A high percentage of patients with TLE syndrome benefit from temporal lobe resection [6]. In the history of epilepsy surgery, neuropsychological evaluation played a major role to understand some aspects of cognition. There are several publications concerning the prognosis of cognitive functions among patients undergoing epilepsy surgery [3, 7, 8]. Verbal memory deficits were observed after left temporal lobectomy (TLY). On the other hand, visual memory deficits were found after right TLY. These findings are similar to those described in published studies conducted among English populations.

The aim of the present study is to compare pre- and postsurgical neuropsychological outcome in individuals suffering from TLE in order to evaluate prognosis across a Spanish-speaking population.

2. Materials and Methods

The selected thirty-five patients with mesial temporal sclerosis (MTS) were treated at the Epilepsy Center of the Hospital Ramos Mejía. All the studied patients had MTS on their MRI [4].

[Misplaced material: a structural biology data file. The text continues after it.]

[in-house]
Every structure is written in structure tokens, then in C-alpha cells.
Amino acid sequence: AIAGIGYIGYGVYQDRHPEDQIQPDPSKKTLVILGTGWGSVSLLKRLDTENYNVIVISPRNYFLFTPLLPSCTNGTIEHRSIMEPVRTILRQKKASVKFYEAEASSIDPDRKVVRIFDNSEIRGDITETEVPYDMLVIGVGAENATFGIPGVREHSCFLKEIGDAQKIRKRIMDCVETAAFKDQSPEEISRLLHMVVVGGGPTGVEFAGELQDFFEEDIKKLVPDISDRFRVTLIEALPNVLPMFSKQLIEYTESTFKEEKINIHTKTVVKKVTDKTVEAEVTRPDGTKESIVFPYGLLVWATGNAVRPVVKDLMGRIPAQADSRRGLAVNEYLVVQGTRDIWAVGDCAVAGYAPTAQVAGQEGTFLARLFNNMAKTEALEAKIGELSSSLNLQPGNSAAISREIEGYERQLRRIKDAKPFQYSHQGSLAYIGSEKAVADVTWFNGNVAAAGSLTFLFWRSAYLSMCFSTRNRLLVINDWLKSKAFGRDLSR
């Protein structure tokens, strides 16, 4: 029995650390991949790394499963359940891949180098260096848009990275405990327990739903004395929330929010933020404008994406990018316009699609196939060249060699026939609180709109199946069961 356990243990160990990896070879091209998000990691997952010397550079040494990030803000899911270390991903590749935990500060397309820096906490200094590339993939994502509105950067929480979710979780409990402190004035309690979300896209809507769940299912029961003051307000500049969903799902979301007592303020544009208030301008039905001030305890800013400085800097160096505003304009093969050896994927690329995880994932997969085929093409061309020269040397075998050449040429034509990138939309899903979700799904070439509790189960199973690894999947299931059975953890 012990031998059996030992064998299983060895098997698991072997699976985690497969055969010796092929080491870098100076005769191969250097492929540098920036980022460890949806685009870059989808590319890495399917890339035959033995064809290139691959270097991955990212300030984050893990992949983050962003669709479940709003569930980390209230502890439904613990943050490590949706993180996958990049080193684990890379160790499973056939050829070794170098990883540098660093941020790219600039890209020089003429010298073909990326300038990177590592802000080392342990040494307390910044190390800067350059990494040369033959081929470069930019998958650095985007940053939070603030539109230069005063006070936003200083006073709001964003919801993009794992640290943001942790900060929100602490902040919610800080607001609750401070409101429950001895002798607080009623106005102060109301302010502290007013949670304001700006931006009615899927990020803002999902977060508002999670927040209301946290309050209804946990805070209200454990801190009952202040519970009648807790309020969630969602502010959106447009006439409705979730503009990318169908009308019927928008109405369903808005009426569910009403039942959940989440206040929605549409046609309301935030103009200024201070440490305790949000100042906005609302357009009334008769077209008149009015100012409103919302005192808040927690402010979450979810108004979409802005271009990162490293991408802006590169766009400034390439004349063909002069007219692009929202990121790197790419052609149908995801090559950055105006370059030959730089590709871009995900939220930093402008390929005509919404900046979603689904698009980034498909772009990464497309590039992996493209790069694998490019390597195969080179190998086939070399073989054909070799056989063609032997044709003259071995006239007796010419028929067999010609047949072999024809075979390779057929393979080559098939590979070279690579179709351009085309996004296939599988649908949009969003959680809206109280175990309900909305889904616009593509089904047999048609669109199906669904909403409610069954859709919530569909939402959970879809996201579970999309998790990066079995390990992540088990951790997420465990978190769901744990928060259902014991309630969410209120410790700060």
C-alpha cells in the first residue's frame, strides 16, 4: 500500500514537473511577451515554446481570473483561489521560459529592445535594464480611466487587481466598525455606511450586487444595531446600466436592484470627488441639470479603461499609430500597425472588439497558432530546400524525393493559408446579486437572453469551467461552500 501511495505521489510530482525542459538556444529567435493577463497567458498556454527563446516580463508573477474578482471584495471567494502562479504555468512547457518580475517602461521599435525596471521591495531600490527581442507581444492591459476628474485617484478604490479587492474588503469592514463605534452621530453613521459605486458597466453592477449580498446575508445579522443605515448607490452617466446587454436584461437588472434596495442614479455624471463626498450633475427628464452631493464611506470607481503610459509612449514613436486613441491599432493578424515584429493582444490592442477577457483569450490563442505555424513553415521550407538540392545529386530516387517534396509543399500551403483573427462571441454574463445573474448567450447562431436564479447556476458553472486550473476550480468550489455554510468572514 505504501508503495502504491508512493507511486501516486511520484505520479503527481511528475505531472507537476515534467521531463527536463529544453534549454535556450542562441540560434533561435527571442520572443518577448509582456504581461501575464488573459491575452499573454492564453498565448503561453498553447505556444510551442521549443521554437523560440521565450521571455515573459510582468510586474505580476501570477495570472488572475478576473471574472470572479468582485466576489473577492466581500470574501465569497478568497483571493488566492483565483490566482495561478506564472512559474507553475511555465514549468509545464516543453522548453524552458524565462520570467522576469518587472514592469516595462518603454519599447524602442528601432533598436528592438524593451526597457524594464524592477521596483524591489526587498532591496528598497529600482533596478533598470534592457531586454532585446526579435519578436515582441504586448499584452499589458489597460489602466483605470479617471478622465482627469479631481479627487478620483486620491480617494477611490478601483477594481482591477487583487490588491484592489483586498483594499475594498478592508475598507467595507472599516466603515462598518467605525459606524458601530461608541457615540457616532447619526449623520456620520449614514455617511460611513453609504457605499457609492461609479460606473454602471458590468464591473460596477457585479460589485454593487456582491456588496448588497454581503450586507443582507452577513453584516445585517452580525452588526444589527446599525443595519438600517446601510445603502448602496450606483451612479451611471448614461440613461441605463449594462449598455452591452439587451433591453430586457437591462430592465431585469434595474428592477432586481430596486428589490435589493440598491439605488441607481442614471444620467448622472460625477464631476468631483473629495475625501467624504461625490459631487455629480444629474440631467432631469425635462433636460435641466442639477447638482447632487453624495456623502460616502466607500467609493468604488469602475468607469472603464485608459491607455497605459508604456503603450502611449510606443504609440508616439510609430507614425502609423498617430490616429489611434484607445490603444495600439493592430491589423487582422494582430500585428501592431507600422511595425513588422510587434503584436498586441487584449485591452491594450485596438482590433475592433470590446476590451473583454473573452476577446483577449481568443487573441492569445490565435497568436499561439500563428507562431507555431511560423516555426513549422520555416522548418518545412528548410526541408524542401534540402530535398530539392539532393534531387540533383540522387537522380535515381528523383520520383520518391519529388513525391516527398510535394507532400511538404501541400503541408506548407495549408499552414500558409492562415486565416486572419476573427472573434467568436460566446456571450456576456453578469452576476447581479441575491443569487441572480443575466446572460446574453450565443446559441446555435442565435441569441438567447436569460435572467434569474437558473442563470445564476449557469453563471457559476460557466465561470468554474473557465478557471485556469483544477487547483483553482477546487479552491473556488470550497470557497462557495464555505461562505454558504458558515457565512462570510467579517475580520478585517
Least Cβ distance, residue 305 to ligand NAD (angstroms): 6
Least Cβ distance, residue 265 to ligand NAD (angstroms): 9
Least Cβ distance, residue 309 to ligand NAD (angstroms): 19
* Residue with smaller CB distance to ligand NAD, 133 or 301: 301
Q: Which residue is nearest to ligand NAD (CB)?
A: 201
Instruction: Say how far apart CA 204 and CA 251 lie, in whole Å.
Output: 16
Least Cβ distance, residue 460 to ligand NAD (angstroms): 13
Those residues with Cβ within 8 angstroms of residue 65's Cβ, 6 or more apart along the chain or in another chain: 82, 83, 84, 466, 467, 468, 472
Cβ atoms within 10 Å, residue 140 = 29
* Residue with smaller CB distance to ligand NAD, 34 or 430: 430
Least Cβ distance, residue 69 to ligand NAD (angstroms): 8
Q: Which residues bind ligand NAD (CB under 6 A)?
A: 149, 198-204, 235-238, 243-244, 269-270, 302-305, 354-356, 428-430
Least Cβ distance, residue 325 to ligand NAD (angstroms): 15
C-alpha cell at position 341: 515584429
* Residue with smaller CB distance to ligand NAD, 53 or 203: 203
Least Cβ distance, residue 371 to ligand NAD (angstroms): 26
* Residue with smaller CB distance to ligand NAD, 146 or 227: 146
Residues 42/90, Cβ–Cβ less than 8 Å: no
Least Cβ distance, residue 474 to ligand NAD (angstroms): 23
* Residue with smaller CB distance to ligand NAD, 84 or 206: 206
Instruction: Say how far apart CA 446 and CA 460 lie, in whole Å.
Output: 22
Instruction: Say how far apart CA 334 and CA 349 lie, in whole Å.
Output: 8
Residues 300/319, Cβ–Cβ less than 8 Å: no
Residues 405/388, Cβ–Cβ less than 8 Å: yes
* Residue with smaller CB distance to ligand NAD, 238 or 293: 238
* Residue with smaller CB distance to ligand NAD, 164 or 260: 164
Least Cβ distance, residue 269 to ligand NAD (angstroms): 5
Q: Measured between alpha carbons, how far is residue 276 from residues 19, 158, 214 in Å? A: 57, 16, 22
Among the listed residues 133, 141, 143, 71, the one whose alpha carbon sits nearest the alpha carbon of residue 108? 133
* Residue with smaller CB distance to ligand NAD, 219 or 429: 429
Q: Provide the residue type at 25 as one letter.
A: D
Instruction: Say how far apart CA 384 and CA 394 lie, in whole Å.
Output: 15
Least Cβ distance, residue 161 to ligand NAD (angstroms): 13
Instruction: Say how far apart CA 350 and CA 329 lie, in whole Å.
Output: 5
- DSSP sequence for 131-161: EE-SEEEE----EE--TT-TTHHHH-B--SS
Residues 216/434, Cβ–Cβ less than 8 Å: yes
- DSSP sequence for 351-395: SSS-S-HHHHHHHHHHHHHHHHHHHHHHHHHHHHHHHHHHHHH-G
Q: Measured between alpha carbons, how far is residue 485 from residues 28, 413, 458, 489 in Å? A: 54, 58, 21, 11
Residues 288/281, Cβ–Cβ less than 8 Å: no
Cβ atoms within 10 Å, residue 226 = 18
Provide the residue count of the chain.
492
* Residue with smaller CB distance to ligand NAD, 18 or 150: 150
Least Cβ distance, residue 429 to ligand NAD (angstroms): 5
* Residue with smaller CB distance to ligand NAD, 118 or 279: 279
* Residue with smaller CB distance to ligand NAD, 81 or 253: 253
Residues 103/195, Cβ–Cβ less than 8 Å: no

The type of surgery performed consisted of resection of the anterior temporal lobe, as well as a resection of the anterior mesial temporal structures including the anterior third of the hippocampus (Standard Anterior Temporal Lobectomy, ATL). Lateral temporal neocortex and mesial structures were removed at approximately 3 cm from the temporal pole within the dominant hemisphere, and up to 4.5 cm in the nondominant hemisphere.

Fifty one percent of the patients underwent a left TLY and 49% ( ) underwent a right TLY.

The neuropsychological protocol used in this study was the same that was previously published by our group. The verbal tests were validated for the Spanish language [1, 4, 9].

Neuropsychological evaluation was performed in three different stages: before surgery, 6 months after resection, and a year afterwards. (i)Attention: Forward and Backward Digit Span, WAIS, and Trail Making Test part A.(ii)Verbal memory: Rey Auditory Verbal Learning Test (RAVLT) and List Learning Test.(iii)Visual memory: Rey-Osterrieth Complex Figure Test (RCFT).(iv)Executive function: Wisconsin Card Sorting Test (WCST), Trail Making Test Part B. Verbal Fluency (FAS).(v) Language: Boston Naming Test (BNT), Token Test (TT). (vi) Intelligence quotient (IQ).(vii) Handedness: Edinburgh Questionnaire (EHQ).